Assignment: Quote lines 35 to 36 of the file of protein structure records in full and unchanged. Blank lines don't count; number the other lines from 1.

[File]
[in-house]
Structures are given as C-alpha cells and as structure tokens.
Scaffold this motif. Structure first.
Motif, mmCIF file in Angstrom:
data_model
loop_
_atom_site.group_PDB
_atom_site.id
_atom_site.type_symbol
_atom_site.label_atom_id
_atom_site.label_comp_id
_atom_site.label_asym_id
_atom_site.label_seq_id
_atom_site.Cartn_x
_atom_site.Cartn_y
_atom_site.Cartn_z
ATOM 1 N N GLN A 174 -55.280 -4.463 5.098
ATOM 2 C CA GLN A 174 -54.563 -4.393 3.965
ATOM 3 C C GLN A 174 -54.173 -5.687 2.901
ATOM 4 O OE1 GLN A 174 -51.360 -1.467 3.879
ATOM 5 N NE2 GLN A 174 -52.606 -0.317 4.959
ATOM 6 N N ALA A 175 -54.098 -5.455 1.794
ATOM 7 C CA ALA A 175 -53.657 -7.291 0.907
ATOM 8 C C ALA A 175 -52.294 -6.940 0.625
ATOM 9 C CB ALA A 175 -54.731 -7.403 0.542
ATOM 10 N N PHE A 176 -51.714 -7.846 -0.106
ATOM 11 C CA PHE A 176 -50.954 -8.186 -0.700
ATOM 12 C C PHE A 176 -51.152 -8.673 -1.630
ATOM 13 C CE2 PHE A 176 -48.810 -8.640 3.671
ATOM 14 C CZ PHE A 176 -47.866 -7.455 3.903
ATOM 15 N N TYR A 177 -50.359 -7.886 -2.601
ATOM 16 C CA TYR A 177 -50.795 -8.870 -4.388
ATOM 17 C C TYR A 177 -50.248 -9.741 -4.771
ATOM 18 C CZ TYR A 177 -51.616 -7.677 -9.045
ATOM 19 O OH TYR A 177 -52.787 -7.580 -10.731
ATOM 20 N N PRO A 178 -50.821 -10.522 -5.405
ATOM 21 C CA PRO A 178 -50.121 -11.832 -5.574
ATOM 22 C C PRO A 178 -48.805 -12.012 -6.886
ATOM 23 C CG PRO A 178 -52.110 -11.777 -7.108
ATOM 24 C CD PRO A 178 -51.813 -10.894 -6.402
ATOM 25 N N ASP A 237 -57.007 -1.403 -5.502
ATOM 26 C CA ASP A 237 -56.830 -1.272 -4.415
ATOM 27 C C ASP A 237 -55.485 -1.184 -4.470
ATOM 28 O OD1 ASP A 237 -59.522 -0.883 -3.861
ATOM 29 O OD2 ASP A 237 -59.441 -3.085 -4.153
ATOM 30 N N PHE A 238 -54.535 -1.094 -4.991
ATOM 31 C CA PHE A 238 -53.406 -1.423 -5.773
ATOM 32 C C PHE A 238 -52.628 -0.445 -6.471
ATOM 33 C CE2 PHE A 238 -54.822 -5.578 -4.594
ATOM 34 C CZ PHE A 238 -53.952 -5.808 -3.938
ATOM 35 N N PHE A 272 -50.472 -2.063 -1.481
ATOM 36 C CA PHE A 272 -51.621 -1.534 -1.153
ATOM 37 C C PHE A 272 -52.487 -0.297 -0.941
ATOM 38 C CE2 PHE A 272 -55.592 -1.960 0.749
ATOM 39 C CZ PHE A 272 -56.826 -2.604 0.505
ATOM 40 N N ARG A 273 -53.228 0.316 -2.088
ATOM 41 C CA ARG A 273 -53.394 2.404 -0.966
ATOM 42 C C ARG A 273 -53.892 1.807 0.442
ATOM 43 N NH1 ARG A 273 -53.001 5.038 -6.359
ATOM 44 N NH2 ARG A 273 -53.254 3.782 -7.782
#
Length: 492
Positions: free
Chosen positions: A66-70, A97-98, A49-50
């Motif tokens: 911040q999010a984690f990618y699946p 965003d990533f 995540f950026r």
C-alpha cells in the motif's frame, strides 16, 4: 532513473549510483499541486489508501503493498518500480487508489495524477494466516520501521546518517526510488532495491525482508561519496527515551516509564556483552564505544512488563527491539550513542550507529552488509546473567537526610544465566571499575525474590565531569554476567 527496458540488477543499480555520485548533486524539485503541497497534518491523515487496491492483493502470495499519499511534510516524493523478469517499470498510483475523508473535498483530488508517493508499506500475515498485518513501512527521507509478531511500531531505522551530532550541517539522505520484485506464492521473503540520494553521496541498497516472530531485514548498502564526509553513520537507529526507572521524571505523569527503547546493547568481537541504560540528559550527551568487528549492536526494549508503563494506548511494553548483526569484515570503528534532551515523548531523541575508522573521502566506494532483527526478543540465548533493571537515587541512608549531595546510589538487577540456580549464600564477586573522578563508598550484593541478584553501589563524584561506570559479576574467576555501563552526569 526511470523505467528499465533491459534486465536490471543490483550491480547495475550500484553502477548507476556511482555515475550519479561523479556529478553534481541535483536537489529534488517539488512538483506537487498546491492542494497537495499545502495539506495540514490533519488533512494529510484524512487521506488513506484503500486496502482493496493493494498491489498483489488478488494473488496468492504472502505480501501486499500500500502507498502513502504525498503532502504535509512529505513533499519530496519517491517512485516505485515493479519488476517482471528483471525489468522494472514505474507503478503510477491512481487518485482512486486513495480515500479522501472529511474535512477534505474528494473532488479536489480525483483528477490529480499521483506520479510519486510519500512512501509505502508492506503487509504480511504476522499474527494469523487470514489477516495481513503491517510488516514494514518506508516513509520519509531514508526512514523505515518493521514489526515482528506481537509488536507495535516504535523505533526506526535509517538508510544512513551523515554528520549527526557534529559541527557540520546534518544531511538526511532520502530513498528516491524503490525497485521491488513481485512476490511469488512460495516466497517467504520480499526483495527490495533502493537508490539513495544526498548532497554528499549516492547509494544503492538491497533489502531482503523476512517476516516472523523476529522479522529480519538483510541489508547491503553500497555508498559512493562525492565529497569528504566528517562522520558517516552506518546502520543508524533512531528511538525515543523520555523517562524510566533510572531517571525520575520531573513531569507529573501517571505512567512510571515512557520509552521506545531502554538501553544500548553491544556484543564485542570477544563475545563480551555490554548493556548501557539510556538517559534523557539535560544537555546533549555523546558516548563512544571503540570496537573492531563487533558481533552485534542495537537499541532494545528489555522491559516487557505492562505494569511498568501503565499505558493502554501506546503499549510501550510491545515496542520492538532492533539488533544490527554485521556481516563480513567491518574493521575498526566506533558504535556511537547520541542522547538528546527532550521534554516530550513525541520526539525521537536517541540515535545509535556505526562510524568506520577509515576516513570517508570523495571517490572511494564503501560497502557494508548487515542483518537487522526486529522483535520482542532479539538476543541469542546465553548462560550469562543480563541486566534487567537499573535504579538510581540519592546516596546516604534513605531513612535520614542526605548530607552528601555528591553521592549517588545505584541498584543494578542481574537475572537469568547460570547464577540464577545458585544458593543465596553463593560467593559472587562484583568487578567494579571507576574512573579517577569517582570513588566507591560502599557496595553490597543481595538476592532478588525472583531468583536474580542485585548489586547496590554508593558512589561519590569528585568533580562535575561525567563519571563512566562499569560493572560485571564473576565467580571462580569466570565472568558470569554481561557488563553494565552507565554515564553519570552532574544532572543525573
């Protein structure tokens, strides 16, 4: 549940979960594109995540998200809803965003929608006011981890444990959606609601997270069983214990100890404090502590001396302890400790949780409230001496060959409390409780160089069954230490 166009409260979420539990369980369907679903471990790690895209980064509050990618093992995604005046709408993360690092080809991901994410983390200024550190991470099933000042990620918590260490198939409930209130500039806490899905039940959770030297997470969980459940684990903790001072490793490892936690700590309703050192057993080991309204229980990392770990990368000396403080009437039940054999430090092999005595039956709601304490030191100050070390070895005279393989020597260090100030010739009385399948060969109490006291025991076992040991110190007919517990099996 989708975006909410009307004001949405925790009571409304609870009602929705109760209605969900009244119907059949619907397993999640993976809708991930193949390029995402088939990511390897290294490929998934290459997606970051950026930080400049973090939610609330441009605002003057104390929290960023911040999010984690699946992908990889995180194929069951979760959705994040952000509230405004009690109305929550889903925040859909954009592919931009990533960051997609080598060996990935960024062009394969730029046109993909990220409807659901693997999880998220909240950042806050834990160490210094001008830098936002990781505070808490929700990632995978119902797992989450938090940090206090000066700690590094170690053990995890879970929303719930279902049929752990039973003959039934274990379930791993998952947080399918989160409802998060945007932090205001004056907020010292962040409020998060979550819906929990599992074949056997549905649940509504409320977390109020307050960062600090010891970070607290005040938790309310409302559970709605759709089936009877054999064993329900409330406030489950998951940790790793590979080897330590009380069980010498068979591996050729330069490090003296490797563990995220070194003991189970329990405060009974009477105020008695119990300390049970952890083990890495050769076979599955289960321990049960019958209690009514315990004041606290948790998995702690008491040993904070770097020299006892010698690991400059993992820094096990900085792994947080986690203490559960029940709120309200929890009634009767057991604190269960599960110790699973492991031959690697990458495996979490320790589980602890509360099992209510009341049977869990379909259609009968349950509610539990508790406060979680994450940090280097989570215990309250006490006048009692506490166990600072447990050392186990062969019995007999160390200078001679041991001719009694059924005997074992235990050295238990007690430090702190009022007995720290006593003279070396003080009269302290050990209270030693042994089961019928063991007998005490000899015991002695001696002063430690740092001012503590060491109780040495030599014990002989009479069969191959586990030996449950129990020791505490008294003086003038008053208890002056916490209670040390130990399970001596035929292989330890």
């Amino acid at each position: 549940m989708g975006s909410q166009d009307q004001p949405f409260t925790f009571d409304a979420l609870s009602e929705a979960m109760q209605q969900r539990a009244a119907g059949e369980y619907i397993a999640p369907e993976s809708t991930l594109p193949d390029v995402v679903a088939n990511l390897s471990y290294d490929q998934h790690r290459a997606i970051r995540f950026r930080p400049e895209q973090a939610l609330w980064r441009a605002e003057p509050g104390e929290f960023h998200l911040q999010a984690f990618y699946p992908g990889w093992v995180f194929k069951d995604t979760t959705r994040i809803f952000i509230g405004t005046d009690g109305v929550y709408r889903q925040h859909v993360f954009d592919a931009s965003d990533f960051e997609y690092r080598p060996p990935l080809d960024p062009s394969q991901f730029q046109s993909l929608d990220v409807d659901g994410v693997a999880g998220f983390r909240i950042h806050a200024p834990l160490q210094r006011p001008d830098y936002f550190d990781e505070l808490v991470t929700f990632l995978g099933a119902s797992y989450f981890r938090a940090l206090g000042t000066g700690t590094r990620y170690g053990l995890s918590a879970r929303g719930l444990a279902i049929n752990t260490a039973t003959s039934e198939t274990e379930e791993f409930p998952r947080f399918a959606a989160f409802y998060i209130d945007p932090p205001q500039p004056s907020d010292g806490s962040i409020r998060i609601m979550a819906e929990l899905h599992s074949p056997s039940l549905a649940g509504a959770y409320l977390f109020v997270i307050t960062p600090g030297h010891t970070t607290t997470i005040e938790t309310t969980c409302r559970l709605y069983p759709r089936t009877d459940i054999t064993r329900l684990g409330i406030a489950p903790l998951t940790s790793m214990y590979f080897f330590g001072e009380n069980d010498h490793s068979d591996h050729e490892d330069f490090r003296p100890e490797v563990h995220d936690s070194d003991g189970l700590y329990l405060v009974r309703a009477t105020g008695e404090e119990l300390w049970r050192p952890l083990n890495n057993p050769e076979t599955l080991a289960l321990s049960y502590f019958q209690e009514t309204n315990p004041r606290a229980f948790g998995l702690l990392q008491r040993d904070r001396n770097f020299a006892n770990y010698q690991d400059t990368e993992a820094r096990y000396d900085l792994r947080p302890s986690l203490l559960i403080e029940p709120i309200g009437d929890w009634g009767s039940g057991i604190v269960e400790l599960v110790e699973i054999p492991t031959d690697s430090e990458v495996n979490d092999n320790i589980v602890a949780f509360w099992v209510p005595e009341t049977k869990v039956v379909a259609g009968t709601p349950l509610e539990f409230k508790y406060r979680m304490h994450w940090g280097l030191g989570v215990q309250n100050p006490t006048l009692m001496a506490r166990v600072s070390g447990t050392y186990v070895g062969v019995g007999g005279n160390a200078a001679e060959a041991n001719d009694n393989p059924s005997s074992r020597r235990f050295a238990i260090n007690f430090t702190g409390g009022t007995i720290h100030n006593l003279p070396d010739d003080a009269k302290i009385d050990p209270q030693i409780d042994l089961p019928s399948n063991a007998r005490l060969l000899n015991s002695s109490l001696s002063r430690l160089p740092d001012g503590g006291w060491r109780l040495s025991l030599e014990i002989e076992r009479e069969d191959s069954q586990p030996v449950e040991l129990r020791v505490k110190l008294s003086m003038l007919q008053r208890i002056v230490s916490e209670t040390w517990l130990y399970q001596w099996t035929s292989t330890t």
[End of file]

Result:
ATOM 19 O OH TYR A 177 -52.787 -7.580 -10.731
ATOM 20 N N PRO A 178 -50.821 -10.522 -5.405